On Sunday, Italian Prime Minister Giuseppe Conte said that five European countries had agreed to take in 250 people, with Spain, Portugal, France, Germany and Malta all offering to take in 50 of the group.
Rome had called on its EU peers to take in some of the migrants, following a June summit in which the countries agreed to share the migration burden.
Despite the controversy over who would take the migrants, Conte had earlier authorized the disembarkation of all 43 women and 14 children on board, who left the ships in the Sicilian port of Pollazzo.
Now all 450 are reported to have left the boats, and authorities are working to organize their travel to the other countries.
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"This is the solidarity and responsibility we have always asked from Europe and now, after the results obtained at the last European Council, it is starting to become reality," Conte said on Facebook on Sunday, referring to the distribution of the rescued people. "Let's continue on this path with firmness and respect for human rights."
Italy's new populist government, which came to power on June 1st, wants to block any further migrant arrivals by boat and has banned NGO rescue ships from docking in Italian ports, accusing them of aiding human traffickers.
Matteo Salvini, Italy's hardline Interior Minister and head of the nationalist League party, called the result a "political victory" on Sunday.
He had earlier shared on social media the news of France and Malta's agreement to take in some of the migrants, using the hashtag "#primagliitaliani' (Italians first) and later wrote: "The next objective, to suppress once and for all the mafia of human trafficking, will be to take migrants back to where they left from."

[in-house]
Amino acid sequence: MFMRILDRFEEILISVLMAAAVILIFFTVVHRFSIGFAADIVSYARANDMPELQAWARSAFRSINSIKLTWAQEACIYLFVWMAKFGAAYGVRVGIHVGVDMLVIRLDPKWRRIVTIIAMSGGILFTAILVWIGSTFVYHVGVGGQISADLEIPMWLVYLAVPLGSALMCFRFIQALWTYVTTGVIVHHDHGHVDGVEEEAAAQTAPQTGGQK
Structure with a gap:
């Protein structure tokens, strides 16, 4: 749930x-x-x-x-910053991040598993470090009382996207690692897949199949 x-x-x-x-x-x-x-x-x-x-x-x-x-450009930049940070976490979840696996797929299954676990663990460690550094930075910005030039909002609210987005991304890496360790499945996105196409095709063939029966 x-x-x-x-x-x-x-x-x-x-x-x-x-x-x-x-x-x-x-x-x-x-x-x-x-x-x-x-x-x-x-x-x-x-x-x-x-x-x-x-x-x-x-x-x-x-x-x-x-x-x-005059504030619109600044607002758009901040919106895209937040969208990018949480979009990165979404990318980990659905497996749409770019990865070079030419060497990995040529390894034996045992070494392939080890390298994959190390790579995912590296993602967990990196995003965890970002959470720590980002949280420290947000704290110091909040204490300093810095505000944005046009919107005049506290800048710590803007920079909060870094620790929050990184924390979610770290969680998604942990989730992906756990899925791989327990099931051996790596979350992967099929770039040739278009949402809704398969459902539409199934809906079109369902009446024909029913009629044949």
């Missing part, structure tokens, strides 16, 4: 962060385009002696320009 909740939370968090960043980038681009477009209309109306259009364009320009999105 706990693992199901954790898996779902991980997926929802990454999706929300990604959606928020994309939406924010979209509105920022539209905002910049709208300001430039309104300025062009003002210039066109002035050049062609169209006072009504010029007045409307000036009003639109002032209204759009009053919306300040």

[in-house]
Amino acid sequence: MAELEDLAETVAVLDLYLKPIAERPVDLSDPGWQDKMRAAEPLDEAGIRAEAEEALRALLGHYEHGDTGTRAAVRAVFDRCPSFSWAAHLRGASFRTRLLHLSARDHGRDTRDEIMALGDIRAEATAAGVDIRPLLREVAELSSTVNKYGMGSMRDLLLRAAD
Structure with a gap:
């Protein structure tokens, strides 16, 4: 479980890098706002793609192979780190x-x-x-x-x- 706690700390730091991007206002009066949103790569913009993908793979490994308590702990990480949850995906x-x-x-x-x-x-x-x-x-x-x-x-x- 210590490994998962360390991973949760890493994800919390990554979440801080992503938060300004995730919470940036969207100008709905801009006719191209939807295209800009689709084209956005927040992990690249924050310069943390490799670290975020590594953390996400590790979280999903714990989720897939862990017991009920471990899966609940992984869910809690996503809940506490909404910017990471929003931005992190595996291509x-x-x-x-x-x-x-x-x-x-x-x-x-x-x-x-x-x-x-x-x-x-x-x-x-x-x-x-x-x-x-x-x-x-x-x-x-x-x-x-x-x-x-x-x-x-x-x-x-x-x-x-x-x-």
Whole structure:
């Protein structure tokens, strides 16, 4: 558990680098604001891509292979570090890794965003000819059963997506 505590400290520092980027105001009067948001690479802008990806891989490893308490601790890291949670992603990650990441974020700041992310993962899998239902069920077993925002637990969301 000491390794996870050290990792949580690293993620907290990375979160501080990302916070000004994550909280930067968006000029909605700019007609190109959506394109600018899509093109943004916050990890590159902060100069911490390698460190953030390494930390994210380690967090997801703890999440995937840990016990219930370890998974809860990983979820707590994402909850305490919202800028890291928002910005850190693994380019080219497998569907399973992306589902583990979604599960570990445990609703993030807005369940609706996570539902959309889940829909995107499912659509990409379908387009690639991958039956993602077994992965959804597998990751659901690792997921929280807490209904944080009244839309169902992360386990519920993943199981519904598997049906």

Migrants en route to Europe are often anxious not to be returned to Libya, where they face rape and abuse in detention centres, and NGOs have criticized calls to simply return those who are rescued at sea. However, the rescuers face the dilemma of how best to help people without playing into the hands of people smugglers.
The latest migrants, like thousands of others, had set sail from Libya in a single wooden vessel which was identified early on Friday. On Saturday morning, as the two Frontex vessels approached the boat, several migrants threw themselves overboard, prompting immediate efforts to rescue them, Italian sources said.
Eight women and children were taken to the Italian island of Lampedusa for medical treatment.
Spain's new foreign minister Josep Borrell meanwhile said on Sunday that the EU's prized Schengen free-movement system was "beginning to disappear" under pressure from migrants arriving in the bloc.
"Through the back door, France, Italy and Germany have placed controls on the borders because of the migration crisis," Borrell told the El Pais newspaper.
Spanish rescuers separately saved more than 340 migrants from the Mediterranean on Saturday.